This is the mail archive of the
mailing list for the Cygwin project.
[APPS] ping python maintainer (and others) - Launching cygwin apps from cmd.exe vs. softlinks in /bin
- From: "Dave Korn" <dk at artimi dot com>
- To: <cygwin at cygwin dot com>
- Date: Mon, 20 Sep 2004 16:09:50 +0100
- Subject: [APPS] ping python maintainer (and others) - Launching cygwin apps from cmd.exe vs. softlinks in /bin
I thought this topic ought to be on the -apps list, but the description
"It is not (with one exception) for bug reports, "it would be nice", or "how
do I" type of musings."
... so I'm mentioning this here instead.
It's quite a common idiom in cygwin packages (based on longstanding unix
tradition) to have an executable that has the version number appended to it,
and then use a soft-link to provide an unadorned executable, e.g.:
dk@mace /bin> ls -la python*
lrwxrwxrwx 1 dk Users 13 Jan 5 2004 python.exe ->
-rwxr-x---+ 1 dk Users 4608 Dec 30 2003 python2.3.exe
Now, in this particular case "python.exe" is a cygwin old-style softlink
rather than a windoze .lnk-style shortcut. This means that it can't be
invoked from cmd.exe; because a cygwin old-style softlink is basically a
text file, cmd.exe notices that it has no PE/MZ header, but since it's got a
.exe extension, cmd.exe thinks it has to be _some_ kind of executable, so it
guesses the only thing left - that it's an old 16-bit MSDOS .com-type
executable - and invokes NTVDM, which loads the file into memory and starts
happily executing ASCII bytes as opcodes (or at any rate, happily until it
gpfaults within the first few bytes).
It's a shame, because most normal cygwin apps can be invoked either from
bash or from cmd. And it's a shame in particular for Python, because the
cygwin and win32-native versions are very close to functionally
interchangeable, and if it wasn't for this slight hiccup they could be used
that way (with only a little attention to not using OS-specific features in
your python scripts).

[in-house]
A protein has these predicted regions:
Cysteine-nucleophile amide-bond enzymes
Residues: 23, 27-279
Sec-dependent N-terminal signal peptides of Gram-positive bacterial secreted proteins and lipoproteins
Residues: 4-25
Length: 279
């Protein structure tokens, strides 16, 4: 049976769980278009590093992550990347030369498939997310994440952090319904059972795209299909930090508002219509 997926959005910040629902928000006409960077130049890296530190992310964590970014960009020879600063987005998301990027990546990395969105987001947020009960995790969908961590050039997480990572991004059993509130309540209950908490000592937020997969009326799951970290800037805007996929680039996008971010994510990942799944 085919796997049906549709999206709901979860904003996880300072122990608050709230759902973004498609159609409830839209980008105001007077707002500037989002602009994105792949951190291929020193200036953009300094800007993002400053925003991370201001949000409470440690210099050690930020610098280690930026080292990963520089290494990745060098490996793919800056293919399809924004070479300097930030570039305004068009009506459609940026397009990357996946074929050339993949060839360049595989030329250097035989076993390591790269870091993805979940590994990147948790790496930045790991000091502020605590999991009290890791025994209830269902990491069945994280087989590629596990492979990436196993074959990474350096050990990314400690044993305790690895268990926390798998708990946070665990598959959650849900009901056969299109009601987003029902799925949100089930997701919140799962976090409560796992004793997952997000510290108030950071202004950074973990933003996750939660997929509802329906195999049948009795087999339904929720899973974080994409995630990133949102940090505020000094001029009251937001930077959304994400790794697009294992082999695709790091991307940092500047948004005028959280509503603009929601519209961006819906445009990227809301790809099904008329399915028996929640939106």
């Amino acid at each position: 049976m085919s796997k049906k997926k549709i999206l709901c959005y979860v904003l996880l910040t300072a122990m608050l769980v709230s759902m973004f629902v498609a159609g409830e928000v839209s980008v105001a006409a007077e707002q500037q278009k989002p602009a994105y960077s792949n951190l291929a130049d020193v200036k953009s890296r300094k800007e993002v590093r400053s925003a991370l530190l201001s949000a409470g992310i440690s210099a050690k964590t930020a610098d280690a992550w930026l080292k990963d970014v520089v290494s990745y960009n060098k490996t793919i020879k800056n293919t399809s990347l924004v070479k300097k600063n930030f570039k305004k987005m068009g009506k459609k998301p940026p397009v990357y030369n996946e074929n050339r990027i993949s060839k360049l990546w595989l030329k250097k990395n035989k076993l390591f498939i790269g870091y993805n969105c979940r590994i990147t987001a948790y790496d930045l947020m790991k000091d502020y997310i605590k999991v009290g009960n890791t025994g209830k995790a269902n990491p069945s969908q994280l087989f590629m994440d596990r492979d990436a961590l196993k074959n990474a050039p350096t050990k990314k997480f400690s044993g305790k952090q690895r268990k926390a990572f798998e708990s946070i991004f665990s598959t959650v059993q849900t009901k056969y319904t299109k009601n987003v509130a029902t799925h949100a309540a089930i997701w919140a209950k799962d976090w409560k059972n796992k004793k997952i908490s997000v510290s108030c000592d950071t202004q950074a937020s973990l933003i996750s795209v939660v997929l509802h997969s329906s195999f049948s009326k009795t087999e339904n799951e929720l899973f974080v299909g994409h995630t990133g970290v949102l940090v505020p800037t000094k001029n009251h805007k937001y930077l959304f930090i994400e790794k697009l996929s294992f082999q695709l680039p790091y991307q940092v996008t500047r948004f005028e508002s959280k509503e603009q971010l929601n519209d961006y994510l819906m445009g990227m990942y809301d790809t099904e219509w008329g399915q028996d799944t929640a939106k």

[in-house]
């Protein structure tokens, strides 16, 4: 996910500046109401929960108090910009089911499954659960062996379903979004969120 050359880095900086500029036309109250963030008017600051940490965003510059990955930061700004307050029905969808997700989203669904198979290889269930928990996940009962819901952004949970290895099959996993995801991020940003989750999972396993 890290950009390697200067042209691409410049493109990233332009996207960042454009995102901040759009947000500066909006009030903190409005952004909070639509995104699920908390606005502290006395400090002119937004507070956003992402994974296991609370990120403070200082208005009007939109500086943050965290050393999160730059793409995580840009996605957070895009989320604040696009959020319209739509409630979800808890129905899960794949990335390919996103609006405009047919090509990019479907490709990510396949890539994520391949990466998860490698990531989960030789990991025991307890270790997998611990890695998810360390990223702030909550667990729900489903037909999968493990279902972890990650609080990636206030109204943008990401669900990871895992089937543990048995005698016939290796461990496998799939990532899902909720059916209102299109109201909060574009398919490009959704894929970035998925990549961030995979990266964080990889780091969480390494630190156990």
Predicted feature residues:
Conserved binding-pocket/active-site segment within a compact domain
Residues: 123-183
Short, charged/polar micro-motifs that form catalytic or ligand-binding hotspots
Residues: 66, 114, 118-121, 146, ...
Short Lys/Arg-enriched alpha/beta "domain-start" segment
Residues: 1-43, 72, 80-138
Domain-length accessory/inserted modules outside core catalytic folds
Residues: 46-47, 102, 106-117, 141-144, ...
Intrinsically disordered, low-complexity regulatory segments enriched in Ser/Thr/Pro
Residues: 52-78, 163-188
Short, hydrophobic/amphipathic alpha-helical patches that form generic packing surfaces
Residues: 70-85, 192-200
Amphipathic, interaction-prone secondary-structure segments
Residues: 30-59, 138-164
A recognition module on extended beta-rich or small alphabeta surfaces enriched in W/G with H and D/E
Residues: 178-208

Using a non-symbolic link works for me; "ln /bin/python2.3.exe
/bin/cmd-invokable-python.exe" gets me something I can invoke from either
DOS/cmd or bash/sh.
Using a new-style symlink fails in several interesting ways:
1) Well, there's the .lnk extension to take into account, which is a minor
nuisance because you can't invoke it with just 'python.exe'.
2) Also, "ln -s" sets utterly wrong ACLs on the link it creates, such that I
have no "read and execute" permission. (I think this is a genuine bug, but
I'll start a separate thread for it once I've confirmed that.)
3) So after I modify the ACLs, and invoke it by typing
"shortcutname.exe.lnk" at a cmd.exe shell, something very bizarre happens:
it forks off from the shell, and both cmd.exe and the python exe are running
simultaneously, connected to the same stdin and fighting each other for
chars from my command lines. [ Can I refer to this as "a terrible forking
bug" without getting banned from the list? :-O ]
Now, I know that using a hardlink has the effect on FAT filesystems of
simply duplicating the file, and so this might not be a desirable or
possible solution to adopt in the majority of cases. I'm not sure how
compatible it would or wouldn't be with the cygwin packaging scheme, for
But the python executable is a special case, because it's tiny: 4608
bytes, because all the actual functionality is in a .dll, and the .exe
simply has to load the .dll and call out to it. So in this particular case,
(and any similar ones, such as zsh, perl, and conceivably even tclsh,
although at 16kb the waste/redundancy starts to become more worth
considering) it might be entirely reasonable to simply provide two identical
duplicate .exes in the package, mightn't it?
Can't think of a witty .sigline today....
Unsubscribe info: http://cygwin.com/ml/#unsubscribe-simple
Problem reports: http://cygwin.com/problems.html